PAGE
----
July 4th: What's it all about?
Preserving freedom isn’t just fighting evil and protecting others
July 4th is always an interesting day for the law enforcement community. It’s a time for ordinance violations, loud bangs that are almost indistinguishable from firearms, drunks at large parties, and all the attendant attitudes that heat and beer bring out. It is a good time to make sure you don’t let your attitude get relaxed by “holiday atmosphere syndrome” and let your guard down.
In times such as these, with all the critical issues rising to the surface this year isn’t it good to reflect on what this is all about anyway? The Founders faced a difficult time in 1776 as they were already a year into a conflict with their King George and few could agree on what form of government would serve the 13 republics that stood little chance against the might of the British Empire.
The idea to officially declare to the world our independence and list our grievances led to a committee of Franklin, Jefferson, and Adams drawing up a “declaration.” While Thomas Jefferson drafted it, it wasn’t as original a document as we like to think. The Virginians had already drafted their own “Bill of Rights” on June 12th and then finished their constitution on June 29th and many of the elements Jefferson would draft into the Declaration of Independence came from his Virginia brethren lead by George Mason. Original or not, the final draft of the Declaration of Independence has become one of the world’s great political documents. Its ideas swept the world and gained support with such intellectual giants as Edmund Burke, the Irish Parliamentarian, and a cadre of French intellectuals who eventually created the Great Terror of the French Revolution.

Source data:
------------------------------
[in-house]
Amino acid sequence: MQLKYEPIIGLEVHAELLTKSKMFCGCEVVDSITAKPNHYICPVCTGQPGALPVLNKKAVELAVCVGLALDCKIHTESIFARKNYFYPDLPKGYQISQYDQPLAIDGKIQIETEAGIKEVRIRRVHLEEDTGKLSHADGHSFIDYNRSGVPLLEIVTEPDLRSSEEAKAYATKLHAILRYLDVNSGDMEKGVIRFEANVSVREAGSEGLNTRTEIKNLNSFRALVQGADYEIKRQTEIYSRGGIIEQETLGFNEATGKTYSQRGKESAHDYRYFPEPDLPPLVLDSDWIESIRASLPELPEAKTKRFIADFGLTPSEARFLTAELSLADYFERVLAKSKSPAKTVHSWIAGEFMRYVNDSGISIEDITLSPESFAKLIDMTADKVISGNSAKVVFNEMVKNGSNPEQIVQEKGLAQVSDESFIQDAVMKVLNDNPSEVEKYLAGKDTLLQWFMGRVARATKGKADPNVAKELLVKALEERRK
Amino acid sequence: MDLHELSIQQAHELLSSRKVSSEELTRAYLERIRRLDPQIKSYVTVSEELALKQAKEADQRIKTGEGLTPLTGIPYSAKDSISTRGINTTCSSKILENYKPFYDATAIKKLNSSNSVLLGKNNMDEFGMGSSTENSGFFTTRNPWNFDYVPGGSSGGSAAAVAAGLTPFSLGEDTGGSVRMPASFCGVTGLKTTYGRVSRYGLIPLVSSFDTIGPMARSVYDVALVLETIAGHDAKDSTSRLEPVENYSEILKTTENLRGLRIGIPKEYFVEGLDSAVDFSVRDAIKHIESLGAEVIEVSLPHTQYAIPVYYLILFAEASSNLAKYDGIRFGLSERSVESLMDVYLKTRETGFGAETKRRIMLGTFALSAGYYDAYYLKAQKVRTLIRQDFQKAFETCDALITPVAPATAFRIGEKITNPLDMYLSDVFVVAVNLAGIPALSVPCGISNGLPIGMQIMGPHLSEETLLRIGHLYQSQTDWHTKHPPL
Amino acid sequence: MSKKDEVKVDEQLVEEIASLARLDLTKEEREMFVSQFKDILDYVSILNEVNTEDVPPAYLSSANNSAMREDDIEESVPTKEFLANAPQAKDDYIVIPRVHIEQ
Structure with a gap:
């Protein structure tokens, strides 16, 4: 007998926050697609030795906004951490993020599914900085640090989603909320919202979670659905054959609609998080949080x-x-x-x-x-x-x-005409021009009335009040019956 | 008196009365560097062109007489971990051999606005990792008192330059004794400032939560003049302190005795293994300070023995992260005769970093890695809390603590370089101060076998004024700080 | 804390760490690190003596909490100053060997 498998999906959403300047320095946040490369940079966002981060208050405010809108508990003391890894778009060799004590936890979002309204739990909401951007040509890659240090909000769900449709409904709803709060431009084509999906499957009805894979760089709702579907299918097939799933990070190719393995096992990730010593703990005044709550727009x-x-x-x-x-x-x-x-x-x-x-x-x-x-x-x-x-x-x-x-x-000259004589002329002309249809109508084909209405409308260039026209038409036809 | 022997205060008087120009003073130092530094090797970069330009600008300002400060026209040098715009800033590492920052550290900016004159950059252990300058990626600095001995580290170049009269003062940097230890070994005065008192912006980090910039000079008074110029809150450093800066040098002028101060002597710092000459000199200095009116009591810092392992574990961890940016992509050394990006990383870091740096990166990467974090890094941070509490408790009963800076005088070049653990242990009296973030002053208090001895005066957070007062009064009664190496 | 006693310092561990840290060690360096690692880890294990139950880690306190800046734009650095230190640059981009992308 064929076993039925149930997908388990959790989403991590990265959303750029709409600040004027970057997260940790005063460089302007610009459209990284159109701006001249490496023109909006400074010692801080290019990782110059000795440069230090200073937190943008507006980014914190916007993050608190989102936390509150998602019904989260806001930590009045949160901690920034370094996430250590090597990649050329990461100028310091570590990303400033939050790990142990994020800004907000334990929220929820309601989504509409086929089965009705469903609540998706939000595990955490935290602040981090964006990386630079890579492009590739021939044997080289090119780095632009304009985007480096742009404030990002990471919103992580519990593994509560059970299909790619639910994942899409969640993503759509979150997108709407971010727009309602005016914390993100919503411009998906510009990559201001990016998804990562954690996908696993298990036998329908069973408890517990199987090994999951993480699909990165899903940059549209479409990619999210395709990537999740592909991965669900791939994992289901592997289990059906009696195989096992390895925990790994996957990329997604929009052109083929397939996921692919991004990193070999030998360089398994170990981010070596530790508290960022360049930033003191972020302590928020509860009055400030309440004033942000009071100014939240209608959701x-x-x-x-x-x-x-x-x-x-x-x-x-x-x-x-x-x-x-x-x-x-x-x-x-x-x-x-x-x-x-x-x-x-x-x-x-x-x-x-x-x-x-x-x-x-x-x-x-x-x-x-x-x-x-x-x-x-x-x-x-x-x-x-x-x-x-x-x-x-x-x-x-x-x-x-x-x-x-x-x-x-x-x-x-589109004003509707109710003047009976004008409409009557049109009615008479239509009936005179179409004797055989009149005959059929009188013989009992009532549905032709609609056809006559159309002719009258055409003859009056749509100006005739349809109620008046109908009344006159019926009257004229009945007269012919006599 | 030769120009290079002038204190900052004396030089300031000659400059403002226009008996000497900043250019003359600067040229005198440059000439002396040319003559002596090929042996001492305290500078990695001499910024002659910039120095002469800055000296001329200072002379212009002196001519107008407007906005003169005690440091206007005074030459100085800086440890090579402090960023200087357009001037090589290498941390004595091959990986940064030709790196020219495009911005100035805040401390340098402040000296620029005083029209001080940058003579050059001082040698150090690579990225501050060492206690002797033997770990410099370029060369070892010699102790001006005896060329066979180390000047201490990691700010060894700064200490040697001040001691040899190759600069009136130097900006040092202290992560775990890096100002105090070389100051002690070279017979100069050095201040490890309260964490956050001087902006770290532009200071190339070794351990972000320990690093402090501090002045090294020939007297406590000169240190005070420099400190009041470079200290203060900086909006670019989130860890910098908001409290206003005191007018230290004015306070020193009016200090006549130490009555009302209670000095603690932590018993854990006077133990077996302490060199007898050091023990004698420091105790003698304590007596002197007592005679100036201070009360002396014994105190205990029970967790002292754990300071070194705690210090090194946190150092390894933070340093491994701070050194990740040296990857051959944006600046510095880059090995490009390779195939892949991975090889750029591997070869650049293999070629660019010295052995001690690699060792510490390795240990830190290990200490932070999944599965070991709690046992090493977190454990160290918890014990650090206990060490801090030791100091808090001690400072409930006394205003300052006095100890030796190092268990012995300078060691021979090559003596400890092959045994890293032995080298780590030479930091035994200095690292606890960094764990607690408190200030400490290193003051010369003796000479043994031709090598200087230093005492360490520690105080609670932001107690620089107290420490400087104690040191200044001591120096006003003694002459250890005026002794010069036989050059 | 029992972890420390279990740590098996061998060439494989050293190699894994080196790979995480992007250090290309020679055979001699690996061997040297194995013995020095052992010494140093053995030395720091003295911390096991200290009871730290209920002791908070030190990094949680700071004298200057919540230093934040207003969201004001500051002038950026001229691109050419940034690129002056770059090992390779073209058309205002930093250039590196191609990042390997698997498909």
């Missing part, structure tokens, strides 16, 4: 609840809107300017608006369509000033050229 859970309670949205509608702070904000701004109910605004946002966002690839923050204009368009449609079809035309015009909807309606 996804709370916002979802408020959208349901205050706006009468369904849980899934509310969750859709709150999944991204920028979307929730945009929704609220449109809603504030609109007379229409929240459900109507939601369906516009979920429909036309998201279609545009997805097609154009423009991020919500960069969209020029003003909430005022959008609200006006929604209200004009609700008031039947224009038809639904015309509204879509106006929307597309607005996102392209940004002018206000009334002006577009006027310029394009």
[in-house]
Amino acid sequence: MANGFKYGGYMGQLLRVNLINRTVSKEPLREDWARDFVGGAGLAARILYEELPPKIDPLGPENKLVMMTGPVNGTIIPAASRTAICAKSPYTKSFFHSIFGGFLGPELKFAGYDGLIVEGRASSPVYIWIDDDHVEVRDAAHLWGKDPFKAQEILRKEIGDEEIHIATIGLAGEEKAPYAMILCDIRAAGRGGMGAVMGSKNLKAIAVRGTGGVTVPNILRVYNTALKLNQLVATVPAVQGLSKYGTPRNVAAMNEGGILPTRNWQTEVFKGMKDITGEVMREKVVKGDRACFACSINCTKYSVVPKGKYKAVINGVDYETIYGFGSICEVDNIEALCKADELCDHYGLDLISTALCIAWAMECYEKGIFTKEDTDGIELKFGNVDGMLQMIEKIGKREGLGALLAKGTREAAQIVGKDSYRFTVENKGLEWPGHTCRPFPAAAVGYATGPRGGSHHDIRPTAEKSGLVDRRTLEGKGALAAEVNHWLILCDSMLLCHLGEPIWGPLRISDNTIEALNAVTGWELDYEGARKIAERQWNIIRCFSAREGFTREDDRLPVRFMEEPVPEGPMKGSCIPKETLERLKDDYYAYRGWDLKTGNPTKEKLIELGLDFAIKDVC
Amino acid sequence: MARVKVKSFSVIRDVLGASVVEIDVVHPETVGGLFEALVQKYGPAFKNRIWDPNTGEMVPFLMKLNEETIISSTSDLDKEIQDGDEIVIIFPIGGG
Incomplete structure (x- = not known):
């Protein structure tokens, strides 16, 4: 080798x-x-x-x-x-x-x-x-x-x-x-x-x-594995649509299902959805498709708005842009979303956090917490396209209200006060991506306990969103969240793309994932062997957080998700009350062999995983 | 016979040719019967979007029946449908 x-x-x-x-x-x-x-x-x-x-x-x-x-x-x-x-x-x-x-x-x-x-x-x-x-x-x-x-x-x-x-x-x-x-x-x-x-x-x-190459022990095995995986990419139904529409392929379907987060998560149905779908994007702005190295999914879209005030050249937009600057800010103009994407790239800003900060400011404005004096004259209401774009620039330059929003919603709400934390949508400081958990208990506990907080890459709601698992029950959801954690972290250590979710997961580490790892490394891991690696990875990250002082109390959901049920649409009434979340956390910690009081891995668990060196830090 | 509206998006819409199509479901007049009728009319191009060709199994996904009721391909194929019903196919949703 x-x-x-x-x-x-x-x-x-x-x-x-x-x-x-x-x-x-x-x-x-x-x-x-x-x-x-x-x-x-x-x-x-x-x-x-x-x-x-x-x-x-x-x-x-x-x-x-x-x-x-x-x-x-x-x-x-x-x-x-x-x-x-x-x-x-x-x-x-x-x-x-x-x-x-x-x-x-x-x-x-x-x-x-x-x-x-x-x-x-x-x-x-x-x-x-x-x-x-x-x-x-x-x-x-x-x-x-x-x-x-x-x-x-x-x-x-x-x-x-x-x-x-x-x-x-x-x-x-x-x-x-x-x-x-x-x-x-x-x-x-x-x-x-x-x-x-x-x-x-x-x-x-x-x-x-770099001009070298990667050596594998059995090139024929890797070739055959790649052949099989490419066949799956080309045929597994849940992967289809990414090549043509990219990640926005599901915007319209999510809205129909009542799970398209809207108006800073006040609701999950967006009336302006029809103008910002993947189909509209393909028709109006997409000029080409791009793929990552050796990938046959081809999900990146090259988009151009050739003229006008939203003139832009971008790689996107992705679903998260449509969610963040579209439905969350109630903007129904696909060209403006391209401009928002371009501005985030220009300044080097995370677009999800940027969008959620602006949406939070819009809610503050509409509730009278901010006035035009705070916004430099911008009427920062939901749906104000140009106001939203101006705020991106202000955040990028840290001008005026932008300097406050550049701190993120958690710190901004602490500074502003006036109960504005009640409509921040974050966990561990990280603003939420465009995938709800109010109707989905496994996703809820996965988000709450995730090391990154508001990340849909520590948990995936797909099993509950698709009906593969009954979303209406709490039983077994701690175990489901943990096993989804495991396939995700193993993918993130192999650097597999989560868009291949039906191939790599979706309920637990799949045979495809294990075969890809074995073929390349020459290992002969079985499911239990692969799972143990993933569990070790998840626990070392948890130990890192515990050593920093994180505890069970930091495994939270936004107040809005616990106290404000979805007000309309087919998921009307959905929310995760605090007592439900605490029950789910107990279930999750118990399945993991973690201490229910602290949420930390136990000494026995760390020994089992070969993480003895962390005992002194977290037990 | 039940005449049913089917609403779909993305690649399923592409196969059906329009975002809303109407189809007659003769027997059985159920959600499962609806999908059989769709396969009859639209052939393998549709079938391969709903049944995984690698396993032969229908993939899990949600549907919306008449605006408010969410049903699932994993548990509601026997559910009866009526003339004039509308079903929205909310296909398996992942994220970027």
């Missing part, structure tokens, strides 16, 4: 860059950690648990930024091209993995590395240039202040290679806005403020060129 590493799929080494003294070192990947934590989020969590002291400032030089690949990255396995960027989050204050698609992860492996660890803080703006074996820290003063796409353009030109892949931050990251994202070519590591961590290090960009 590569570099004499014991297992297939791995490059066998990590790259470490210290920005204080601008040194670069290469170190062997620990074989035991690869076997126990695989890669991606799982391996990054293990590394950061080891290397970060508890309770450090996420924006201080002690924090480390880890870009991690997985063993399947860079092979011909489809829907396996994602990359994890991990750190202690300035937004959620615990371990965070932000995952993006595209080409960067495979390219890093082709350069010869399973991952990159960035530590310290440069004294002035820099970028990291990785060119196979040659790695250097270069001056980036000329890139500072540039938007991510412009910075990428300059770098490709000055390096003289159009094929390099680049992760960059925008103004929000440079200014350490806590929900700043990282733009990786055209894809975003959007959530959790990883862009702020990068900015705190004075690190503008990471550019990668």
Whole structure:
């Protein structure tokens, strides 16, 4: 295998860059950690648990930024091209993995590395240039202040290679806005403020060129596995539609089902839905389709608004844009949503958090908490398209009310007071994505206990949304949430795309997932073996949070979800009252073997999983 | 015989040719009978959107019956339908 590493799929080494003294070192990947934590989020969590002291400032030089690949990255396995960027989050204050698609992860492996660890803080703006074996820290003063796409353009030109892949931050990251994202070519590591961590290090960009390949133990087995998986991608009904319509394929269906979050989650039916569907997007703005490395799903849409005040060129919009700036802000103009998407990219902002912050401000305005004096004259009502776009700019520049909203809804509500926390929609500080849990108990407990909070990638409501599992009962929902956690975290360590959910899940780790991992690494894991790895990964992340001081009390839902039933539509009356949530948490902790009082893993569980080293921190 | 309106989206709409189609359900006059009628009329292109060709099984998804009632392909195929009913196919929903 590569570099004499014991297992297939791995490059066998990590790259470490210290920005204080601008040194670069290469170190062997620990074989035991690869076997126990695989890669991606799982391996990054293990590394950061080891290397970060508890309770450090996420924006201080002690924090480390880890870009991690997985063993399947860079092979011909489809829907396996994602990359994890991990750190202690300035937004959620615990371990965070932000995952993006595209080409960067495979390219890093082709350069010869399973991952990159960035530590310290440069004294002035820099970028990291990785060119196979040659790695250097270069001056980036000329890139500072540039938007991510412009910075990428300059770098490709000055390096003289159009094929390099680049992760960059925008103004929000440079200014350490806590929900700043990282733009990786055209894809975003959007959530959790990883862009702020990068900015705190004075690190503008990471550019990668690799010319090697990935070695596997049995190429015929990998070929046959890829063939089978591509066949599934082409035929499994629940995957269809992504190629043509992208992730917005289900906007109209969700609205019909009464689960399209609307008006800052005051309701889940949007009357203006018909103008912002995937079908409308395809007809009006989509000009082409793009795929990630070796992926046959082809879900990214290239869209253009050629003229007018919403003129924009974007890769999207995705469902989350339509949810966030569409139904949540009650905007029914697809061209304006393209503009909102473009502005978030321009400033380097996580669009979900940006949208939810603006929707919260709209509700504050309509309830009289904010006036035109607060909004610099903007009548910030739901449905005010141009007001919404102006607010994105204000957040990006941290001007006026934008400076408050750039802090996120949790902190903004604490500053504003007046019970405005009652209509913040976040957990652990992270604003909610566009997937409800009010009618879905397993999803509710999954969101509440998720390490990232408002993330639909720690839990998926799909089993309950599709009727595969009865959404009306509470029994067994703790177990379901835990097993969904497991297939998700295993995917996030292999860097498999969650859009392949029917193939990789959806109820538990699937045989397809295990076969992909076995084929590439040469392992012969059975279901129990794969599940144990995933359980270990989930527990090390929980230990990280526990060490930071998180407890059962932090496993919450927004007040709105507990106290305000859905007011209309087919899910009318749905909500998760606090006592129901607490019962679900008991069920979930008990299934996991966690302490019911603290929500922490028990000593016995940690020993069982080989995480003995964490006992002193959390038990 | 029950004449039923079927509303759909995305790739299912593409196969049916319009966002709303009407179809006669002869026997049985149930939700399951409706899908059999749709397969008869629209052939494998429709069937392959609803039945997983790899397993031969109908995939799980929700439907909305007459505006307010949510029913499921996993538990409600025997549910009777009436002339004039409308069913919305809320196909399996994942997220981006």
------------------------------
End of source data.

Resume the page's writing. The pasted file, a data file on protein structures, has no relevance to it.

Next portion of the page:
Today, we often grill, watch baseball, and shoot off fireworks to celebrate our “Independence Day” without much thought. The first July 4th was a different atmosphere, with a group of courageous and brilliant men signing what was their death warrant and embarking on a treasonous revolt against King George. Six more years of war would ensue and most of the signers who survived would die impoverished.
We live today in this remarkable society created by this sacrifice and the sacrifice and struggle of a multitude of others who followed, inspired by the simple document affirmed on that date.
The great Lord Acton, (he’s the “absolute power corrupts absolutely” guy) wrote in his History of Freedom that the Declaration of American Independence was “far transcending the English Model in its simplicity and rigour. It surpassed in force all the speculation of Paris and Geneva, for it had undergone the test of experiment, and its triumph was the most memorable thing that had been seen by men.”
Today, I invite you to read the Declaration. Think of a world as it was in 1776, with disease, hostile Islamic Pirates, the world’s great empires of England, Spain, France, and Russia sitting on our borders, and a great deal of uncertainty about what form of government the States would decide upon...wow, and we think we have it bad. What they did have was faith in the things they enumerated in a relatively simple document that would ignite our freedom and create a nation and inspire untold generations to fight for their own freedom.
We like to say “freedom isn’t free” and can certainly prove it with the names on our Memorial Wall. But preserving freedom isn’t just fighting evil and protecting others — it is making sure our children understand where this freedom springs from and how a simple document crystallized a nation into action and created the greatest experiment in freedom in human history.
Recommended for you
Join the discussion
PoliceOne top 5
- ND bill protects drivers who negligently hit protesters obstructing traffic
- Slain Fla. officer's patrol car vandalized
- Video: Calif. police fatally shoot man, face wrongful death lawsuit
- Minn. lawmakers chart new course in response to OIS protests
- Trump hosts LE at White House, pledges support for police